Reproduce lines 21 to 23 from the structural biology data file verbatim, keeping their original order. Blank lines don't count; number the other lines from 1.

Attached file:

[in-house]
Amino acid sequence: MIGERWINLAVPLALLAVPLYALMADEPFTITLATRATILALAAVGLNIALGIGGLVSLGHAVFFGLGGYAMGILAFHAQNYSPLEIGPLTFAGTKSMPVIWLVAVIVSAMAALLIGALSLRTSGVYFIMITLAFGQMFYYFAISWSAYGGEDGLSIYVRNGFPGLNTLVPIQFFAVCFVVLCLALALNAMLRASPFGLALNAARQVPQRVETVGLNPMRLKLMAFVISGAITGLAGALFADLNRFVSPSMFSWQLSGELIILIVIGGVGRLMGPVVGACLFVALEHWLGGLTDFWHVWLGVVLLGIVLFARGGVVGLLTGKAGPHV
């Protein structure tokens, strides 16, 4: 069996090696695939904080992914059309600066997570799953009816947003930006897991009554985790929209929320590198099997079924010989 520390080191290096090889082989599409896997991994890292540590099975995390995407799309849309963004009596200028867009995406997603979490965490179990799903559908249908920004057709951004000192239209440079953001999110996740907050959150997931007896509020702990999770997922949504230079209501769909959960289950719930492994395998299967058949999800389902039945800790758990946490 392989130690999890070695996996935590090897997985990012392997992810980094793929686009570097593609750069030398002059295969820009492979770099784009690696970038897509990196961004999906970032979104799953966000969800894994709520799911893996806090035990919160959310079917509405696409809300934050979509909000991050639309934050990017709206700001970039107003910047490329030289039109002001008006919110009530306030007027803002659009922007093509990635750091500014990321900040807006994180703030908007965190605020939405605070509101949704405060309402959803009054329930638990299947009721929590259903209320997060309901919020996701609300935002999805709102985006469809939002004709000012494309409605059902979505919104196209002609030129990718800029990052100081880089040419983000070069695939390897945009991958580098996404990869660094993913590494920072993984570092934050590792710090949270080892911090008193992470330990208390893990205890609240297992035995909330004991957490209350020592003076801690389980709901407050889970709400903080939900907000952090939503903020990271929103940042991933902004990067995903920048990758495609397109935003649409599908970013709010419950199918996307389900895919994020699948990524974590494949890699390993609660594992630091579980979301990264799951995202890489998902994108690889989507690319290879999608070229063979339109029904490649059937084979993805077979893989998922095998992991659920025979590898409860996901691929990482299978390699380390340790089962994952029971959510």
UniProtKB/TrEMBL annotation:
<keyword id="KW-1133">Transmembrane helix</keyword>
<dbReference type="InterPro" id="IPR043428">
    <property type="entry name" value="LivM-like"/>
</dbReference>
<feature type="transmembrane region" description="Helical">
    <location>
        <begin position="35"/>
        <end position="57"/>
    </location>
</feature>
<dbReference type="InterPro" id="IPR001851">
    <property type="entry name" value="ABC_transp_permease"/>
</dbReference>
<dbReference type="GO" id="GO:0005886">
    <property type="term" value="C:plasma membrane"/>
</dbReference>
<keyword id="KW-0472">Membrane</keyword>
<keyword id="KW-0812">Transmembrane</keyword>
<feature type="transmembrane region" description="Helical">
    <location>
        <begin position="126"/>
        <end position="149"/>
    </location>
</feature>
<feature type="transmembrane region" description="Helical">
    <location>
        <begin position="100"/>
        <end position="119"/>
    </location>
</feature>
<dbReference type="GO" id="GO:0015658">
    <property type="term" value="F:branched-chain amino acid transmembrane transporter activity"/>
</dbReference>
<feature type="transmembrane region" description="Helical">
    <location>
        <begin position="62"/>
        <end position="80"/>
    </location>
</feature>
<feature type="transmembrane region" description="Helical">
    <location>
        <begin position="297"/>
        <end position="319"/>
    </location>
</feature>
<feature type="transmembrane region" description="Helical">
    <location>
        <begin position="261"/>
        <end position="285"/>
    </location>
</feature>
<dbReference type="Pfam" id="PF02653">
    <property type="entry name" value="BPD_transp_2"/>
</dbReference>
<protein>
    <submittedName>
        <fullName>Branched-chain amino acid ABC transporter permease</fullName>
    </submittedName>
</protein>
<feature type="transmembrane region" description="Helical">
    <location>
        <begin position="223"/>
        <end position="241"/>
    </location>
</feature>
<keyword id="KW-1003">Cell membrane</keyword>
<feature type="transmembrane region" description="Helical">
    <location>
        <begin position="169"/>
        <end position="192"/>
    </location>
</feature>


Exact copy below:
<keyword id="KW-0472">Membrane</keyword>
<keyword id="KW-0812">Transmembrane</keyword>
<feature type="transmembrane region" description="Helical">